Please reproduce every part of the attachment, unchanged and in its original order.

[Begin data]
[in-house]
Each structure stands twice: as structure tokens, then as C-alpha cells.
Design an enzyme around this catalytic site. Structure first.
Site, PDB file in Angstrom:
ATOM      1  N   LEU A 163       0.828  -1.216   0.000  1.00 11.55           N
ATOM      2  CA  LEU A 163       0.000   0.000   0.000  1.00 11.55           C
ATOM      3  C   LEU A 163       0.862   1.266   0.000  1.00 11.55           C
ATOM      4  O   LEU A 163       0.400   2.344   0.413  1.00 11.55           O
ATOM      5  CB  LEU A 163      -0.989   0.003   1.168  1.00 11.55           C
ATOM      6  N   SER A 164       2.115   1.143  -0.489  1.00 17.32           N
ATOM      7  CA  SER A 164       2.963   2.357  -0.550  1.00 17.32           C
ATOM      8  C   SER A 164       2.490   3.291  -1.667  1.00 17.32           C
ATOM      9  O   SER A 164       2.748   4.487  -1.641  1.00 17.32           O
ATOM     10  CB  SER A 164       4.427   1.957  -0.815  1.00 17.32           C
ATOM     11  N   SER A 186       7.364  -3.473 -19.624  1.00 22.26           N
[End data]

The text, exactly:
[in-house]
Each structure stands twice: as structure tokens, then as C-alpha cells.
Design an enzyme around this catalytic site. Structure first.
Site, PDB file in Angstrom:
ATOM      1  N   LEU A 163       0.828  -1.216   0.000  1.00 11.55           N
ATOM      2  CA  LEU A 163       0.000   0.000   0.000  1.00 11.55           C
ATOM      3  C   LEU A 163       0.862   1.266   0.000  1.00 11.55           C
ATOM      4  O   LEU A 163       0.400   2.344   0.413  1.00 11.55           O
ATOM      5  CB  LEU A 163      -0.989   0.003   1.168  1.00 11.55           C
ATOM      6  N   SER A 164       2.115   1.143  -0.489  1.00 17.32           N
ATOM      7  CA  SER A 164       2.963   2.357  -0.550  1.00 17.32           C
ATOM      8  C   SER A 164       2.490   3.291  -1.667  1.00 17.32           C
ATOM      9  O   SER A 164       2.748   4.487  -1.641  1.00 17.32           O
ATOM     10  CB  SER A 164       4.427   1.957  -0.815  1.00 17.32           C
ATOM     11  N   SER A 186       7.364  -3.473 -19.624  1.00 22.26           N